While consensual sex between men aged 16 and over has been legal in New Zealand since 1986, men with historical homosexual convictions can face ongoing stigma and prejudice.
The Criminal Records (Expungement of Convictions for Historical Homosexual Offences) Act 2018(external link) came into force on 10 April 2018.
It sets up a scheme to expunge (wipe) convictions for men for specific offences. To be wiped, the conduct must not be an offence under today’s laws.
This means that men who were convicted of specific offences that have since been decriminalised can apply to be treated as if they had never been convicted.
People are eligible to apply if they were convicted of specific offences relating to consensual sexual activity between males 16 years and over. The offences are:
People with historical convictions are able to apply themselves, or someone else (such as a relative) can apply on their behalf if the person has died.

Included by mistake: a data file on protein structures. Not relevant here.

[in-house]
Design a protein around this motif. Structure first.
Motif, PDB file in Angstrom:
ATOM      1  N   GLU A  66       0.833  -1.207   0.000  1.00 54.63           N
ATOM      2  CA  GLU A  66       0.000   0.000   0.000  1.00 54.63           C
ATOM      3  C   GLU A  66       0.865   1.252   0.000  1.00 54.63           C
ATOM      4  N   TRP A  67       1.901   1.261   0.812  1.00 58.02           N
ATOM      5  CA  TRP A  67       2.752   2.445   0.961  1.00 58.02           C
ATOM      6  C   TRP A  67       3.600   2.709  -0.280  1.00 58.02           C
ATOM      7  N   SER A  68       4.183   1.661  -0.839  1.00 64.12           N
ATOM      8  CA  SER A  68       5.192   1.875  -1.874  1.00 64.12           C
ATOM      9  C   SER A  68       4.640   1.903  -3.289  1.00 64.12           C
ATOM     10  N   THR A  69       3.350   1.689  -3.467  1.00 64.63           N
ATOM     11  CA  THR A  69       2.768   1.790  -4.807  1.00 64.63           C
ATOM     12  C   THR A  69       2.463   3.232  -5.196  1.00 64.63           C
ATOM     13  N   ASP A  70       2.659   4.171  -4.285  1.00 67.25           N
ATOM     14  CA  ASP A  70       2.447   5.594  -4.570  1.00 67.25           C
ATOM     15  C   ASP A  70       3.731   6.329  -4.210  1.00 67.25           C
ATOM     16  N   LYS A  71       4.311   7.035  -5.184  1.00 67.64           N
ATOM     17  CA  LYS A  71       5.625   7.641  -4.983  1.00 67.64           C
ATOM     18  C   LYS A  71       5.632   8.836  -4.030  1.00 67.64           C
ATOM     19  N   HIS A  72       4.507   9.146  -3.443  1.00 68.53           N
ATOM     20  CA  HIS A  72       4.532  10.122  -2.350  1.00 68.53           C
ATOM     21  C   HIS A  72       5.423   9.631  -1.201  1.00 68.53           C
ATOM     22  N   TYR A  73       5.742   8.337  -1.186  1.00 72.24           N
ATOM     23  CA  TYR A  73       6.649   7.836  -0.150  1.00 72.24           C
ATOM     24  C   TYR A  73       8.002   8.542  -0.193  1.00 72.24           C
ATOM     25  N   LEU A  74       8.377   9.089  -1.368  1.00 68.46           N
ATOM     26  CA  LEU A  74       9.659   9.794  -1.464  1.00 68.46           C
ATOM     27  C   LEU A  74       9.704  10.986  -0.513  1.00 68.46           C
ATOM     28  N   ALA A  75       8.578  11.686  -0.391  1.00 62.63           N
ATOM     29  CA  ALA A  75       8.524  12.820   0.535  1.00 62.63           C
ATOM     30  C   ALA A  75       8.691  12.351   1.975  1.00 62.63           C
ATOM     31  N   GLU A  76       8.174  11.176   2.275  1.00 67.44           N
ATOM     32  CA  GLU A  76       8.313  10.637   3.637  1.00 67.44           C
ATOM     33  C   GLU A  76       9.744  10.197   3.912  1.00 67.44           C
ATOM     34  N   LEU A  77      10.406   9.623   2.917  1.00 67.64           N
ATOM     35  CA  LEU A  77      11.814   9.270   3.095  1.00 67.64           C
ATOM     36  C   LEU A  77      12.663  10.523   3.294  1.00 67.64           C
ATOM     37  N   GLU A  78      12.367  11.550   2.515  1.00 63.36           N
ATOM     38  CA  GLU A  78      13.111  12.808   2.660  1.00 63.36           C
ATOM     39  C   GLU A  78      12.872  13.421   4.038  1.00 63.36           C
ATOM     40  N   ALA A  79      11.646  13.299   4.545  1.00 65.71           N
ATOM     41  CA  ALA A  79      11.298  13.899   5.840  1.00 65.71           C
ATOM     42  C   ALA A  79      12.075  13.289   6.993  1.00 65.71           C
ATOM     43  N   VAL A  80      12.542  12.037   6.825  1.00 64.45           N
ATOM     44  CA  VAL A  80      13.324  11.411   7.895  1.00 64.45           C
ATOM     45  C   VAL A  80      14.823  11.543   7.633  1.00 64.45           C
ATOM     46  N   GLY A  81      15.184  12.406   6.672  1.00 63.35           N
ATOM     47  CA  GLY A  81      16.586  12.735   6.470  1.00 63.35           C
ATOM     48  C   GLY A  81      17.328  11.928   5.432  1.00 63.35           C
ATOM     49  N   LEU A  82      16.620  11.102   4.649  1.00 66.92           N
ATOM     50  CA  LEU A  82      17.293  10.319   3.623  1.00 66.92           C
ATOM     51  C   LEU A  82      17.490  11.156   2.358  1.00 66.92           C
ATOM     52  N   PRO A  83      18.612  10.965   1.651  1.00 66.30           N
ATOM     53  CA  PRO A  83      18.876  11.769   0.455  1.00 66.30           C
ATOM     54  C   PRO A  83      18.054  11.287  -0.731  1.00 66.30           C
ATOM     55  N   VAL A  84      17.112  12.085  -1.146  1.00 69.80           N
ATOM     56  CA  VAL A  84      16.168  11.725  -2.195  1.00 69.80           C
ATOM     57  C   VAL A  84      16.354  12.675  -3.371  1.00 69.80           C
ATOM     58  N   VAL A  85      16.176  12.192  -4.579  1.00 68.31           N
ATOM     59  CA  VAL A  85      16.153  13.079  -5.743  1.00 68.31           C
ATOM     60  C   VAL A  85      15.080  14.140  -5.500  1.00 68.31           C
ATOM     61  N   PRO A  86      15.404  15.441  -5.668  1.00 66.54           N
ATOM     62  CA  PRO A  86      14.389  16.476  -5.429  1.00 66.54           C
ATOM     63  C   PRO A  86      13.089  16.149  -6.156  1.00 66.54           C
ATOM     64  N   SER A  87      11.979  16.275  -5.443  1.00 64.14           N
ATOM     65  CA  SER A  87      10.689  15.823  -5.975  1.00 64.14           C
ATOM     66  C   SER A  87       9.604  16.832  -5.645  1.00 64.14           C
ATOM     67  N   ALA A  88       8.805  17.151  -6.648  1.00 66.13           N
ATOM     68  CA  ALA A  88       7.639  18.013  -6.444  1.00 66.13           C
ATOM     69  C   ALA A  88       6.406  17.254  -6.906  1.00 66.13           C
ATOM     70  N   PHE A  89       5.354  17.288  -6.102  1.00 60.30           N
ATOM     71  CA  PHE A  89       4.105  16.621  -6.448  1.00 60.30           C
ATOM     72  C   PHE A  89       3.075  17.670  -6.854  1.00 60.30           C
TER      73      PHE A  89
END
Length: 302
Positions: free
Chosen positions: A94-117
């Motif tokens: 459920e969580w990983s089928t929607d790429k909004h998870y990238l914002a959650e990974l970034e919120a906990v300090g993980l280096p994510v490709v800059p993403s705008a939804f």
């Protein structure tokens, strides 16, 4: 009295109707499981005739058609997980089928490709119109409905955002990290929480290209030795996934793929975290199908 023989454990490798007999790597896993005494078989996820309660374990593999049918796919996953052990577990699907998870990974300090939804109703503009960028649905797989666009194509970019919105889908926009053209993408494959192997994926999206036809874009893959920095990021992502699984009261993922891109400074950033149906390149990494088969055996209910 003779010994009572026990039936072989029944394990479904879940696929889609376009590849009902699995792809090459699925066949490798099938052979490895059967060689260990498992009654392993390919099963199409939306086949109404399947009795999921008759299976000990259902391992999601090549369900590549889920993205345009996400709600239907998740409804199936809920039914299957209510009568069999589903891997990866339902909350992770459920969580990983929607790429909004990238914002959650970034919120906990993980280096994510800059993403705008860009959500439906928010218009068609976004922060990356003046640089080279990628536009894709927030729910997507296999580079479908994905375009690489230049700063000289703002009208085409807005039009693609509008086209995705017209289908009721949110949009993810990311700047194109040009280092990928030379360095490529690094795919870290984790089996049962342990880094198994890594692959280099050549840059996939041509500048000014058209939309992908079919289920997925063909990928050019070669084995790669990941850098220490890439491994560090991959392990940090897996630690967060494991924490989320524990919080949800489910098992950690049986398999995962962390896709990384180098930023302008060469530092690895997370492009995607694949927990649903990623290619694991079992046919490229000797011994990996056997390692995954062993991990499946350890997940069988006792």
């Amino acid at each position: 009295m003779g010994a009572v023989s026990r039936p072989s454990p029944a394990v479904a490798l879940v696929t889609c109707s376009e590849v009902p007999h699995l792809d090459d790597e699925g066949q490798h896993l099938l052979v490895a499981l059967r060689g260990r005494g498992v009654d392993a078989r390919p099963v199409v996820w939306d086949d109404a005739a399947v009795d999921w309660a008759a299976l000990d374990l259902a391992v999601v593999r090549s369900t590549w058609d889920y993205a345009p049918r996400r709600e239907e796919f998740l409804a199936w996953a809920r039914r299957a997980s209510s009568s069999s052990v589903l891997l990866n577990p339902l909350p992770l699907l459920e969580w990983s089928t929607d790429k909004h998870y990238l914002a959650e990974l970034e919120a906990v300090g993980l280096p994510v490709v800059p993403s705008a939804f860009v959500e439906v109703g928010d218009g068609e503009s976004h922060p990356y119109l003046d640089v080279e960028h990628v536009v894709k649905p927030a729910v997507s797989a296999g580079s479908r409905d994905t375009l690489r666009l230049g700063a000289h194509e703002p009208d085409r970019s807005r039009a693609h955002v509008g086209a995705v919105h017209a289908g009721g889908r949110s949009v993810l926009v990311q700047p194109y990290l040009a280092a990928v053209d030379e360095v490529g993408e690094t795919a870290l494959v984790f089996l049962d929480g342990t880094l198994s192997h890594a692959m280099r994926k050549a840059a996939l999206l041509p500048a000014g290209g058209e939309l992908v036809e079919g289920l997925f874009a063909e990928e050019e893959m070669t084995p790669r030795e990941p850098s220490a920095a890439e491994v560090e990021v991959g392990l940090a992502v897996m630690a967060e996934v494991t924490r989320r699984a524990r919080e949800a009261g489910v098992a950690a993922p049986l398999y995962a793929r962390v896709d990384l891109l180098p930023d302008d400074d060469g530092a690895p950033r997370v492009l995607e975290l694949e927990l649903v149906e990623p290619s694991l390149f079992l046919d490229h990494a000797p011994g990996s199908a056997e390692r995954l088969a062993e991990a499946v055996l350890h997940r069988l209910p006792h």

An application for expungement should be made by filling out this form:
It can be sent to the Ministry of Justice by email firstname.lastname@example.org or by post.
The scheme is administered by the Ministry of Justice. Applications are assessed and determined by the Secretary for Justice who will need to decide, on the balance of probabilities, that the conduct they were convicted of is no longer illegal – this will generally involve an assessment of whether the activity was consensual and involved adults over the age of 16.
If a person’s conviction is wiped, their conviction will not appear on a criminal history check for any purpose in New Zealand. In situations where they have to disclose criminal convictions (such as on job applications), they’ll be able to declare they had no such conviction.